I thought hobbits were short
By David Weinshilboum
I just got back from watching the movie “The Hobbit.” It was good. But jeeeeeez. It was long, longer than my spelling of “jeez.” In fact, I attended last month’s premiere, and I just got home. OK, I made that last part up. The movie wasn’t THAT long. But still, 169 minutes?! Nearly THREE HOURS!?
Since many of you are unaware, here is a list of things that are shorter than “The Hobbit, an unexpectedly long-ass journey”:
— Conversations with my mother* (60-90 minutes)
— Removal of the gallbladder# (approximately 120 minutes)
— My father’s Passover Seder** (about 120 minutes)
— A marathon, if run by someone from Kenya## (130 minutes, give or take a few)
“Titanic,” the movie***(My bad—the movie’s run-time is 194 minutes)
Titanic, the actually sinking of the freakin’ boat(Again, my bad. It took about the same amount of time as the movie)
— A flight from Chicago to Miami (150 minutes)
Why is “The Hobbit” so long?
J.R.R. Tolkien’s book “The Hobbit” is short. My copy is a mere 255 pages. But that’s not all. The movie only covers one third of the book. ONE THIRD! Do the math. The movie is only about the first 85 PAGES of the book. That’s not long. The movie? It lasts 169 minutes. That’s almost three hours! Hells, I could easily READ the first third of the book in 169 minutes.
I must admit, the 85 pages of source material cover a substantial amount of information. For example, there are a significant number of characters. There’s Bilbo and Gandalf and Gollum and a litany of dwarves. The dwarves number so many that it’s not worth getting into their names — otherwise you’d turn into one of two dwarves out of Snow White: Grumpy or Sleepy.
But let’s face it. The book just doesn’t have enough excitement for the average patience-deprived audience.
We want destruction, eviscerations, decapitations — and we want them before we have to pop another Ritalin! Tolkien’s book only has troll attacks, goblin mutilations, an angry dragon, a goblin-killing wizard, a frightfully schizoid creature named Gollum, a ring of power, and a dragon. I mean (yawn), how on earth are we expected to remain interested?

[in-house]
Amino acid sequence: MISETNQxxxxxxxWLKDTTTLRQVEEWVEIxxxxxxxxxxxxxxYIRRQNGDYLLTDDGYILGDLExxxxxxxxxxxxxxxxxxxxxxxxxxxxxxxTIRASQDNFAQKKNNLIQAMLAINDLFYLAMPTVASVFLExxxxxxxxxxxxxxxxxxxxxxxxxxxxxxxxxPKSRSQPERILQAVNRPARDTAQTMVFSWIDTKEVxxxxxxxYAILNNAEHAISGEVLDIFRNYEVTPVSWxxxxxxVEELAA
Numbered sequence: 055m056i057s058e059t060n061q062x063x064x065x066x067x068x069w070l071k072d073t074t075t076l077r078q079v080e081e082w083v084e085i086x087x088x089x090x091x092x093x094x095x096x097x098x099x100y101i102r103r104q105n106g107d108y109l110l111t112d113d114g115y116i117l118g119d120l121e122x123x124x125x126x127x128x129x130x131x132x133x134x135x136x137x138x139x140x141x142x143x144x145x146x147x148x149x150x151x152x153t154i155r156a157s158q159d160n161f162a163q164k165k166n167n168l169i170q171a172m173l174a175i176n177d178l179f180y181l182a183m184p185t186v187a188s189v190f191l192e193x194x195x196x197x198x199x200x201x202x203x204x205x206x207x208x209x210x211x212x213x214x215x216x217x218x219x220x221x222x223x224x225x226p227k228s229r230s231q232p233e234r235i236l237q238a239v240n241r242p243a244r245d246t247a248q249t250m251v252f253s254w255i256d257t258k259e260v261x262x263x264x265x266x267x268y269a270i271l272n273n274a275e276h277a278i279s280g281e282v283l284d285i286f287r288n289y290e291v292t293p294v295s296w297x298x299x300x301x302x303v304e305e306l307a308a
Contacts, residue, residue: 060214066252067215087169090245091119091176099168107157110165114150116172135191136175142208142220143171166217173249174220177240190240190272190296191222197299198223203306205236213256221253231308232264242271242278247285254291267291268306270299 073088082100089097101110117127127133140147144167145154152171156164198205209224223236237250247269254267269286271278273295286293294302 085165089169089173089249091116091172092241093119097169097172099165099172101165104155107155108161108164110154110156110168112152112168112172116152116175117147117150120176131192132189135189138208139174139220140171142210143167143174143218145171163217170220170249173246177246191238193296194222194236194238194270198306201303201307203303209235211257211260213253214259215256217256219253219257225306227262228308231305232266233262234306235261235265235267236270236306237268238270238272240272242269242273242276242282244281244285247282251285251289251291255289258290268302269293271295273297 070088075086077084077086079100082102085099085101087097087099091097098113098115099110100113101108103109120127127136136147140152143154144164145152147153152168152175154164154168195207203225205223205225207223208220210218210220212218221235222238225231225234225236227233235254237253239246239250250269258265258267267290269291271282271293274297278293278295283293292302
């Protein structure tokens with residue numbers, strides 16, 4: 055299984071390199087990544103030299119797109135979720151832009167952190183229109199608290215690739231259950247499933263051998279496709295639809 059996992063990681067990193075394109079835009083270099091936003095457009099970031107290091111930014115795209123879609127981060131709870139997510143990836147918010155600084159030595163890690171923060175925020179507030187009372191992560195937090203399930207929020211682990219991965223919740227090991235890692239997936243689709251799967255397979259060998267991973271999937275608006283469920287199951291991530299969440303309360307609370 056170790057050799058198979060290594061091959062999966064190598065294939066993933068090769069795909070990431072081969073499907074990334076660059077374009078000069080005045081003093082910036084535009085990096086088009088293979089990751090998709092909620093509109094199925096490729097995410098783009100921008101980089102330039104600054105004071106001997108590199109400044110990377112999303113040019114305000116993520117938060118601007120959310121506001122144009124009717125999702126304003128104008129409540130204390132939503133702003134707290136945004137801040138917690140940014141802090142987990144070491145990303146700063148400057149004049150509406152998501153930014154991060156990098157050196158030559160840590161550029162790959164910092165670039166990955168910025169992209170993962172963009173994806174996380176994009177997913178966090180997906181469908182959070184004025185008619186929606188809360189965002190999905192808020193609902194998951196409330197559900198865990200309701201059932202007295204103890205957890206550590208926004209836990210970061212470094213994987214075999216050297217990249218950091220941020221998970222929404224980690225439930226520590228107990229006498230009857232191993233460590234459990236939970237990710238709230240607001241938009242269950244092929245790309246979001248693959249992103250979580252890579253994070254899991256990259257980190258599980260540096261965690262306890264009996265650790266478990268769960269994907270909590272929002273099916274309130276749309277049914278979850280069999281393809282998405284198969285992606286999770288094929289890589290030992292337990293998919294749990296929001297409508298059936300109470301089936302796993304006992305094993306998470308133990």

Luckily, Peter Jackson, the moviemaker behind this cinematic “War and Peace,” realized that the content of this tale simply wasn’t engaging enough. Thus, he added stuff. He added a bloody prologue. He added a prologue to the bloody prologue. Also, he added a mean, white orc hell-bent of revenge.
I’m all for creative license, and I’m usually a big fan of goblin decapitations. But as I watched “The Hobbit,” I felt as if I were in Las Vegas: it was all about excess and taking my money.
But if you like Vegas, you should plan on seeing the next installments of “The Hobbit.” If you haven’t already figured it out, Mr. Jackson has two more movies to make. Word is the run time of the next two films is about seven hours, approximately the time it takes to receive a full-frontal lobotomy.
* I love my mother; however, phone calls last over an hour because of my mother’s propensity for long stories. Also, she tends to take salutations of “How are you?” quite literally and often responds something like this: “Oh, I am ok, but I did not get much sleep last night because I had abdominal cramping.” Then she recounts her cramping in graphic detail.
# I am not sure whether this time estimate includes pre- and post-op anesthesia. I just didn’t feel comfortable calling a hospital to inquire and confirm details.
** Incredibly, this also includes the meal. What’s to say? My dad loves Passover, but he hurries through the first portion of the reading so we can get to the food quickly.
##The 2012 Boston Marathon was won by Kenyan Wesley Korir at a time of 2 hours and 12 minutes.
*** OK, now I’m worried about you. You’re reading an endnote about a redacted portion of the column. If you like details this much, perhaps “The Hobbit” is the movie for you!
David Weinshilboum, who is still trying to comprehend David Foster Wallace’s fascination with footnotes, can be reached at email@example.com.